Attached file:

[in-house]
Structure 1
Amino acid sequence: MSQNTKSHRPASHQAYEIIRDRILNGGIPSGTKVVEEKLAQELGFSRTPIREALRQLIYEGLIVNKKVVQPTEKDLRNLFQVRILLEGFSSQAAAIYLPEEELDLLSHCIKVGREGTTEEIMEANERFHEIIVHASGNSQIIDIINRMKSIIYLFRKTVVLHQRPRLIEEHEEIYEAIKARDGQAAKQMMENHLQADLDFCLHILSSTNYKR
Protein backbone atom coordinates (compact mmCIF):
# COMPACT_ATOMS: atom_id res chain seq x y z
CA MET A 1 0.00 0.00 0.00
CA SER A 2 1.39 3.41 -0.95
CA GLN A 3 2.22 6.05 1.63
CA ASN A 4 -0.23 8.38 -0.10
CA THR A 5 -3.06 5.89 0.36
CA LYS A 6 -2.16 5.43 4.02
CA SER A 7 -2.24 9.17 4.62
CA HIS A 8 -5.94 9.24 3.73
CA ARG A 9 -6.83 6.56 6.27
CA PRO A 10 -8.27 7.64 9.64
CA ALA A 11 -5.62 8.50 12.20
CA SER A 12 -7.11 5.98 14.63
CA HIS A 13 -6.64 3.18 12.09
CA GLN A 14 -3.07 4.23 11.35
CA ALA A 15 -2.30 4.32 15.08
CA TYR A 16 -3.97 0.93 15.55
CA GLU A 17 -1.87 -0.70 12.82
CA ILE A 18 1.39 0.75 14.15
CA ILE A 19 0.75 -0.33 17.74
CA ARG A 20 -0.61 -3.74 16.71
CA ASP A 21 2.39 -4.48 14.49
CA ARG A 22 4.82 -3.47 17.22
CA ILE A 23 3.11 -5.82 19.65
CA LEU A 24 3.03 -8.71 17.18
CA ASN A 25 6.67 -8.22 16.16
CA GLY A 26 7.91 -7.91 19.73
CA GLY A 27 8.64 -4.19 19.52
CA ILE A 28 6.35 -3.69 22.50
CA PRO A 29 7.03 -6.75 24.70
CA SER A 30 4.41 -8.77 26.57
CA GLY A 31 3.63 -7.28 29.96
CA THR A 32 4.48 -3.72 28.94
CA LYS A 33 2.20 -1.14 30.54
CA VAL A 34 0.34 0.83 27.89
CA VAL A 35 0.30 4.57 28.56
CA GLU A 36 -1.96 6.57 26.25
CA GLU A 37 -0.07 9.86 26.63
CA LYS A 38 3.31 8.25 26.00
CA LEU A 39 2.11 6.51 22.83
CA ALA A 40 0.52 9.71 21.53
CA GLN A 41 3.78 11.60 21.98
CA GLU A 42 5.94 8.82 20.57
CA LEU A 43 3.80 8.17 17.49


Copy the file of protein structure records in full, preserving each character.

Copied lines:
[in-house]
Structure 1
Amino acid sequence: MSQNTKSHRPASHQAYEIIRDRILNGGIPSGTKVVEEKLAQELGFSRTPIREALRQLIYEGLIVNKKVVQPTEKDLRNLFQVRILLEGFSSQAAAIYLPEEELDLLSHCIKVGREGTTEEIMEANERFHEIIVHASGNSQIIDIINRMKSIIYLFRKTVVLHQRPRLIEEHEEIYEAIKARDGQAAKQMMENHLQADLDFCLHILSSTNYKR
Protein backbone atom coordinates (compact mmCIF):
# COMPACT_ATOMS: atom_id res chain seq x y z
CA MET A 1 0.00 0.00 0.00
CA SER A 2 1.39 3.41 -0.95
CA GLN A 3 2.22 6.05 1.63
CA ASN A 4 -0.23 8.38 -0.10
CA THR A 5 -3.06 5.89 0.36
CA LYS A 6 -2.16 5.43 4.02
CA SER A 7 -2.24 9.17 4.62
CA HIS A 8 -5.94 9.24 3.73
CA ARG A 9 -6.83 6.56 6.27
CA PRO A 10 -8.27 7.64 9.64
CA ALA A 11 -5.62 8.50 12.20
CA SER A 12 -7.11 5.98 14.63
CA HIS A 13 -6.64 3.18 12.09
CA GLN A 14 -3.07 4.23 11.35
CA ALA A 15 -2.30 4.32 15.08
CA TYR A 16 -3.97 0.93 15.55
CA GLU A 17 -1.87 -0.70 12.82
CA ILE A 18 1.39 0.75 14.15
CA ILE A 19 0.75 -0.33 17.74
CA ARG A 20 -0.61 -3.74 16.71
CA ASP A 21 2.39 -4.48 14.49
CA ARG A 22 4.82 -3.47 17.22
CA ILE A 23 3.11 -5.82 19.65
CA LEU A 24 3.03 -8.71 17.18
CA ASN A 25 6.67 -8.22 16.16
CA GLY A 26 7.91 -7.91 19.73
CA GLY A 27 8.64 -4.19 19.52
CA ILE A 28 6.35 -3.69 22.50
CA PRO A 29 7.03 -6.75 24.70
CA SER A 30 4.41 -8.77 26.57
CA GLY A 31 3.63 -7.28 29.96
CA THR A 32 4.48 -3.72 28.94
CA LYS A 33 2.20 -1.14 30.54
CA VAL A 34 0.34 0.83 27.89
CA VAL A 35 0.30 4.57 28.56
CA GLU A 36 -1.96 6.57 26.25
CA GLU A 37 -0.07 9.86 26.63
CA LYS A 38 3.31 8.25 26.00
CA LEU A 39 2.11 6.51 22.83
CA ALA A 40 0.52 9.71 21.53
CA GLN A 41 3.78 11.60 21.98
CA GLU A 42 5.94 8.82 20.57
CA LEU A 43 3.80 8.17 17.49